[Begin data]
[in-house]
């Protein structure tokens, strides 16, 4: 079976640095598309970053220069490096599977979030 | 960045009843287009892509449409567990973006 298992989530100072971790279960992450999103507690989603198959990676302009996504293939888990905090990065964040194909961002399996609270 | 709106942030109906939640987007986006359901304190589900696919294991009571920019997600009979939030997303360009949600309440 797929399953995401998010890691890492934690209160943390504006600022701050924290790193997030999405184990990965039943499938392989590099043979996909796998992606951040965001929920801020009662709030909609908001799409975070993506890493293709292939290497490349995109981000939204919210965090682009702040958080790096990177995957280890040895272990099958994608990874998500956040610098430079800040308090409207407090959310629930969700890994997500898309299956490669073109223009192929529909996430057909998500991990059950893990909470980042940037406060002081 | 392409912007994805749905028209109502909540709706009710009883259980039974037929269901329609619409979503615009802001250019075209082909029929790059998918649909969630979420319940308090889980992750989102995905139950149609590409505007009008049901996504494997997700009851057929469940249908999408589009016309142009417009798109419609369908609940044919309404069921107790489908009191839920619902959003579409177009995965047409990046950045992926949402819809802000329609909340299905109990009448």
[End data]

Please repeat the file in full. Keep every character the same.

[in-house]
């Protein structure tokens, strides 16, 4: 079976640095598309970053220069490096599977979030 | 960045009843287009892509449409567990973006 298992989530100072971790279960992450999103507690989603198959990676302009996504293939888990905090990065964040194909961002399996609270 | 709106942030109906939640987007986006359901304190589900696919294991009571920019997600009979939030997303360009949600309440 797929399953995401998010890691890492934690209160943390504006600022701050924290790193997030999405184990990965039943499938392989590099043979996909796998992606951040965001929920801020009662709030909609908001799409975070993506890493293709292939290497490349995109981000939204919210965090682009702040958080790096990177995957280890040895272990099958994608990874998500956040610098430079800040308090409207407090959310629930969700890994997500898309299956490669073109223009192929529909996430057909998500991990059950893990909470980042940037406060002081 | 392409912007994805749905028209109502909540709706009710009883259980039974037929269901329609619409979503615009802001250019075209082909029929790059998918649909969630979420319940308090889980992750989102995905139950149609590409505007009008049901996504494997997700009851057929469940249908999408589009016309142009417009798109419609369908609940044919309404069921107790489908009191839920619902959003579409177009995965047409990046950045992926949402819809802000329609909340299905109990009448």